The far-right group originally intended to march through the London boroughs of Tower Hamlets, Waltham Forest, Newham, Islington and Hackney but a 30-day ban was imposed after an appeal from the Metropolitan Police over public order concerns. The ban was then extended to cover the City of London. The Met say 3000 officers will be on hand to prevent violent clashes.
The decision to ban the march has been criticised by freedom of speech campaigners – Liberty’s legal director James Welch said:
‘The police and home secretary must realise how serious it is to ban marches in a free country.’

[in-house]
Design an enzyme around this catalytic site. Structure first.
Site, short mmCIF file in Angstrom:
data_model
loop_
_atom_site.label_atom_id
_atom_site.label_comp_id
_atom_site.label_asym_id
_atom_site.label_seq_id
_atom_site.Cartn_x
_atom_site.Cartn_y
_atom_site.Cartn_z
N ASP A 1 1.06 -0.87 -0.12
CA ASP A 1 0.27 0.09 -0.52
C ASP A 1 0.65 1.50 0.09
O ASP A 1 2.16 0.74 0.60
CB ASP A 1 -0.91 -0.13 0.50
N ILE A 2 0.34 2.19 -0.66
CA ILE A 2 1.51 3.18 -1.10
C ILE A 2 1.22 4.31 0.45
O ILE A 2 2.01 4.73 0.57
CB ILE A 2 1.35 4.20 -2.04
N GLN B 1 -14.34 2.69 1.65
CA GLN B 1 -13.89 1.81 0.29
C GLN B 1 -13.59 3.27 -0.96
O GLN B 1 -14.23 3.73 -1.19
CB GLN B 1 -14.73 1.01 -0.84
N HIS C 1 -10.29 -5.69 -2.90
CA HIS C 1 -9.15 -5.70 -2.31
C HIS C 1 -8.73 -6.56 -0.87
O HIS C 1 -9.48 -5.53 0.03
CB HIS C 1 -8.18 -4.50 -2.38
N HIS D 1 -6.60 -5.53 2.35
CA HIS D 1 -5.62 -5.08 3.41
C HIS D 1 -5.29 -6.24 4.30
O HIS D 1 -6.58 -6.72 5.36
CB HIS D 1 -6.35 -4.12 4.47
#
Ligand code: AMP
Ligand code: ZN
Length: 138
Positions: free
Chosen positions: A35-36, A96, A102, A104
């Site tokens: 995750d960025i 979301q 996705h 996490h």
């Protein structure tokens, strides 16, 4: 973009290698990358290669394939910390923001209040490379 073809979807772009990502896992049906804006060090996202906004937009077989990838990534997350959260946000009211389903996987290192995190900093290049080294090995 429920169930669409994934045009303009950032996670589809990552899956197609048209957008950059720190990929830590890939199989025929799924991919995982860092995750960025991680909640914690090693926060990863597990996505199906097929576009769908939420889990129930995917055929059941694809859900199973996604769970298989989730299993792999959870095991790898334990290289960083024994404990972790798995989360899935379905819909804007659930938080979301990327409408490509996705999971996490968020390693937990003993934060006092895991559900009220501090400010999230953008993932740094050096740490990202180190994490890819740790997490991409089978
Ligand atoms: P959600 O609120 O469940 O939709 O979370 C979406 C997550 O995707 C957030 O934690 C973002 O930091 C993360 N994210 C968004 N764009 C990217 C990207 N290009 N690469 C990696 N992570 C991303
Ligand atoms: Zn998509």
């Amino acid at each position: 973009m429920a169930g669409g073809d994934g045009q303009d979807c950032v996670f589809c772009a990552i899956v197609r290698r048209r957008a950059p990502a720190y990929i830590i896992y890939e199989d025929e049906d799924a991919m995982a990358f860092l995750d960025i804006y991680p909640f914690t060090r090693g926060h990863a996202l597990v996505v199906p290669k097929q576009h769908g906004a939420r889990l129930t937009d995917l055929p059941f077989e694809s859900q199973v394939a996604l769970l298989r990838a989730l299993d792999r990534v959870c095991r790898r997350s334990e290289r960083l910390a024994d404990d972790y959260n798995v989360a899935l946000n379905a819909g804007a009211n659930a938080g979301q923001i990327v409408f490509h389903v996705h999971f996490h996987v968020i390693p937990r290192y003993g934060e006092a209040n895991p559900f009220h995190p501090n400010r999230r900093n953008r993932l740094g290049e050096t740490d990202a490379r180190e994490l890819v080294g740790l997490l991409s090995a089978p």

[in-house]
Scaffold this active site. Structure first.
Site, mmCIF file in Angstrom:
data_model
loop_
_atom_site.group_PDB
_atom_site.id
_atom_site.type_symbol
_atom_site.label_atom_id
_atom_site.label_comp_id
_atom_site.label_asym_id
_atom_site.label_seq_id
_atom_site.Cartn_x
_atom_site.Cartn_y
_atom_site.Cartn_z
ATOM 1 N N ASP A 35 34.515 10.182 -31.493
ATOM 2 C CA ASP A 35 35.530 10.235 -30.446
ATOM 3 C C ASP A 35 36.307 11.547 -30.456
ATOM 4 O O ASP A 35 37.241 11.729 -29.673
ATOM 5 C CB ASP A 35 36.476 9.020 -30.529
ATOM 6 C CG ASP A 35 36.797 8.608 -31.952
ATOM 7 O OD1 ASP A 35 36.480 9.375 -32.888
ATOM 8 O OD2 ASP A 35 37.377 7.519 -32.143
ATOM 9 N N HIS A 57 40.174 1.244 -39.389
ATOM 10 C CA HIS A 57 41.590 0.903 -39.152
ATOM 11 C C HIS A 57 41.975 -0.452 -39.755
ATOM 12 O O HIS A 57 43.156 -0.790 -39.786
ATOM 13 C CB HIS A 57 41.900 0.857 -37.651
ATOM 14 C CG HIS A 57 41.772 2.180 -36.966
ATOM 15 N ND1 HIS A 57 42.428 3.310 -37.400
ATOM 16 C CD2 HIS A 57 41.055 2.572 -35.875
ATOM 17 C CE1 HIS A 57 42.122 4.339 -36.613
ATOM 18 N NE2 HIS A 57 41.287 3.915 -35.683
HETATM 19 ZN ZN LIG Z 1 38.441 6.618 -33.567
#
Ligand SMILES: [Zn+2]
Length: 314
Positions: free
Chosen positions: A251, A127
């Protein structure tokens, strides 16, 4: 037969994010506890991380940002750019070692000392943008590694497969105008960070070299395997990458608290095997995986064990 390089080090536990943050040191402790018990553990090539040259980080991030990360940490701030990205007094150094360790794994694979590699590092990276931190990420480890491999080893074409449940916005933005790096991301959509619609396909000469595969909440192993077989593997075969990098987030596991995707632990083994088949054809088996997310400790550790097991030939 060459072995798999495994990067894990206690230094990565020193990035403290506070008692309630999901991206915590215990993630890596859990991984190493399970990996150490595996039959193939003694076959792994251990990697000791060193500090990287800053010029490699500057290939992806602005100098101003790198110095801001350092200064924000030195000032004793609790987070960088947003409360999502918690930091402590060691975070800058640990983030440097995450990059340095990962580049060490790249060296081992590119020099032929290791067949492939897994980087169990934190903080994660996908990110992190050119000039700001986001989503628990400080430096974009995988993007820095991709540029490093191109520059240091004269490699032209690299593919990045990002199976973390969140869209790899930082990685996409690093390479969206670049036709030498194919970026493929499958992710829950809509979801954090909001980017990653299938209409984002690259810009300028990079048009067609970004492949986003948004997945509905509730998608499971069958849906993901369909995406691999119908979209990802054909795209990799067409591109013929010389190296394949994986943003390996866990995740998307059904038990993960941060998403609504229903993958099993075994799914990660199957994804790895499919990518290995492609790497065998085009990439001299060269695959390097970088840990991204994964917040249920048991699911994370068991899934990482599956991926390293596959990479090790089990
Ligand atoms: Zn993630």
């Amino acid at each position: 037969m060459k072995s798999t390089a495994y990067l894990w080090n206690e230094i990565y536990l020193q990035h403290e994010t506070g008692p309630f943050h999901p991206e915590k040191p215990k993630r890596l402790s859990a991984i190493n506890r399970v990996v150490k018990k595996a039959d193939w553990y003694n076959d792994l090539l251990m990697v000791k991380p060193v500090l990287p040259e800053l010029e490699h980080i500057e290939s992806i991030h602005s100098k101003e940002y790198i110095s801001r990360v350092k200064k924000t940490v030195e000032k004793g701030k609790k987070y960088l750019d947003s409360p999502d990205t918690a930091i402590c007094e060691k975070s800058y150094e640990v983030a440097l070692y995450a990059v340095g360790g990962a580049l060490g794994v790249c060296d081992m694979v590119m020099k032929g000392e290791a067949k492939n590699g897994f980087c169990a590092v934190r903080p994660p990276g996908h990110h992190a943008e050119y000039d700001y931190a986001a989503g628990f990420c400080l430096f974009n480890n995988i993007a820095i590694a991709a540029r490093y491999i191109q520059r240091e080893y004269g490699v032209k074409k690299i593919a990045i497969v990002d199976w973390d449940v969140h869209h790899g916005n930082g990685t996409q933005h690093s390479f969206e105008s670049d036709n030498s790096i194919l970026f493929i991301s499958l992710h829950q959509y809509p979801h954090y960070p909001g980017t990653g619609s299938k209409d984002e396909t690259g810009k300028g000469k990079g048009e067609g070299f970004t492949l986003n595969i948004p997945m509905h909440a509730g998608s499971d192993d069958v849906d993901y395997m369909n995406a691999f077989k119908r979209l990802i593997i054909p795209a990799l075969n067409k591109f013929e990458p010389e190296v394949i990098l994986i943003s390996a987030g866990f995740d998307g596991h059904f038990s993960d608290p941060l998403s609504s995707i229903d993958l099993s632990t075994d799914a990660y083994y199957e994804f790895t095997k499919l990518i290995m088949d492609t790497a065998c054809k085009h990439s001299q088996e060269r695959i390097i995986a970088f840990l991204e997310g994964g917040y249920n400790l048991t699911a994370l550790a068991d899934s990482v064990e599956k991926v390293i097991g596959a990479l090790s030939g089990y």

The Met points out that it wasn’t an easy decision to make:
‘We have not sought this power since 1981 - which shows how we do not take this lightly. As far as Saturday is concerned, both parties have requested a static demonstration and we will be negotiating with them suitable locations with the aim of minimising disorder.’
Opposition groups including Unite Against Fascism are organising a counter demonstration Their website reported that the RMT had threatened to stop work on health and safety grounds if a planned muster at Liverpool Street station went ahead, which has to be one of the few occasions when Londoners might actually support a walkout. They are also calling on two Euston pubs to stop EDL members using their premises as meeting points.
The EDL said: ‘Placing a ban on the EDL march gives out completely the wrong message. It suggests that it is the EDL, and not the extremism that we demonstrate about, which needs to be kept in check.’